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Historical Sources of Institutional Trajectories in Economic Development: China, Japan, and Korea Compared

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  • Aoki, Masahiko

    (Asian Development Bank Institute)

Abstract

This essay provides a game-theoretic, endogenous view of institutions, and then applies the idea to identify the sources of institutional trajectories of economic development in China, Japan, and Korea. It stylizes the Malthusian-phase of East Asian economies as peasant-based economies in which small families allocated their working time between farming on small plots—leased or owned—and handcrafting for personal consumption and markets. It then compares institutional arrangements across these economies that sustained otherwise similar economies. It characterizes the varied nature of the political states of Qing China, Tokugawa Japan, and Yi Korea by focusing on the way in which agricultural taxes were enforced. It also identifies different patterns of social norms of trust that were institutional complements to, or substitutes for, political states. Finally, it traces the path-dependent transformations of these state-norm combinations along subsequent transitions to post-Malthusian phases of economic growth in the respective economies.

Suggested Citation

  • Aoki, Masahiko, 2012. "Historical Sources of Institutional Trajectories in Economic Development: China, Japan, and Korea Compared," ADBI Working Papers 397, Asian Development Bank Institute.
  • Handle: RePEc:ris:adbiwp:0397
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    References listed on IDEAS

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    1. Aoki, Masahiko, 2010. "Corporations in Evolving Diversity: Cognition, Governance, and Institutions," OUP Catalogue, Oxford University Press, number 9780199218530.
    2. Gary D. Hansen & Edward C. Prescott, 2002. "Malthus to Solow," American Economic Review, American Economic Association, vol. 92(4), pages 1205-1217, September.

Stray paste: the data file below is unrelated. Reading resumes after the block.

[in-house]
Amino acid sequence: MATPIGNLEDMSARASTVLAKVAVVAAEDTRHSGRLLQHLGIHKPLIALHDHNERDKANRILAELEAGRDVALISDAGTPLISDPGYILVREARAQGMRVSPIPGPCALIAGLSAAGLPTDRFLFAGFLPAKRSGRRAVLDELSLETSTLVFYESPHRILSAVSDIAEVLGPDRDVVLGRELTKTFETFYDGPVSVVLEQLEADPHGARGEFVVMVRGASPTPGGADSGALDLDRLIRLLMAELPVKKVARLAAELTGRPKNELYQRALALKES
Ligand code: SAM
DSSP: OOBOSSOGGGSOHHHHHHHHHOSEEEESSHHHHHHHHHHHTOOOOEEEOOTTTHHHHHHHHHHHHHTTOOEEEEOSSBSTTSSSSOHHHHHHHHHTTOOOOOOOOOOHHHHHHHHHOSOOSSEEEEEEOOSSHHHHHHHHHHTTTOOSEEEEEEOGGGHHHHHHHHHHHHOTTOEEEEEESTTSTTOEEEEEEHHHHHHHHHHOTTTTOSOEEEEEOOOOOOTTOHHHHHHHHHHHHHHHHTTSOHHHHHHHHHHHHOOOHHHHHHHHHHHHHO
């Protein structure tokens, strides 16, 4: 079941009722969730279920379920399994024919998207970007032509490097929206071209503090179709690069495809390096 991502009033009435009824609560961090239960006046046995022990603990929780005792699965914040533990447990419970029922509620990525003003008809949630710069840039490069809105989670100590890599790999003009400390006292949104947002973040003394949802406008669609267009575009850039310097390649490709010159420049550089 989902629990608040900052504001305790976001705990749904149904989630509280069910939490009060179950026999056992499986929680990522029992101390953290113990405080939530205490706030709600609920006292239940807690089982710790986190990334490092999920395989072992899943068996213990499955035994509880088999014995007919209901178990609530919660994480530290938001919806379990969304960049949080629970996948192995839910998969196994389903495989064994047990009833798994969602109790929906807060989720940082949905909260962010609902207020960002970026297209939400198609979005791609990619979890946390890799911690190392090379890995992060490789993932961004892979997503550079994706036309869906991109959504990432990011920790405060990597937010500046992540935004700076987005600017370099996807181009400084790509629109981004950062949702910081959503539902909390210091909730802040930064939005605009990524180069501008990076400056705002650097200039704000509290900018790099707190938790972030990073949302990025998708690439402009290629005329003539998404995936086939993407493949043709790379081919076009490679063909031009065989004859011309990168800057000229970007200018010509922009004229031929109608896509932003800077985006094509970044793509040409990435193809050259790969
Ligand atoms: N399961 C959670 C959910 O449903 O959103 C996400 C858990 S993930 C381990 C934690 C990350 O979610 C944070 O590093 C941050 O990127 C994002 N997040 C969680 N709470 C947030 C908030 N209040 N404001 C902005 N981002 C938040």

3. Aoki, Masahiko & Rothwell, Geoffrey, 2013. "A comparative institutional analysis of the Fukushima nuclear disaster: Lessons and policy implications," Energy Policy, Elsevier, vol. 53(C), pages 240-247.
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    6. Masahiko Aoki, 2013. "Institutions as cognitive media between strategic interactions and individual beliefs," Chapters,in: Comparative Institutional Analysis, chapter 17, pages 298-312 Edward Elgar Publishing.
    7. Fumio Hayashi & Edward C. Prescott, 2008. "The Depressing Effect of Agricultural Institutions on the Prewar Japanese Economy," Journal of Political Economy, University of Chicago Press, vol. 116(4), pages 573-632, August.
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    Cited by:

    1. Felipe, Jesus & Bayudan-Dacuycuy, Connie & Lanzafame, Matteo, 2016. "The declining share of agricultural employment in China: How fast?," Structural Change and Economic Dynamics, Elsevier, vol. 37(C), pages 127-137.
    2. Andrea Fracasso, 2015. "Economic Rebalancing and Growth: the Japanese experience and China’s prospects," DEM Discussion Papers 2015/07, Department of Economics and Management.

    More about this item

    Keywords

    china; japan; institutional complementarity; institutional change; capitalism; varieties of norms; political economy;

    JEL classification:

    • O43 - Economic Development, Innovation, Technological Change, and Growth - - Economic Growth and Aggregate Productivity - - - Institutions and Growth
    • O53 - Economic Development, Innovation, Technological Change, and Growth - - Economywide Country Studies - - - Asia including Middle East
    • P51 - Economic Systems - - Comparative Economic Systems - - - Comparative Analysis of Economic Systems

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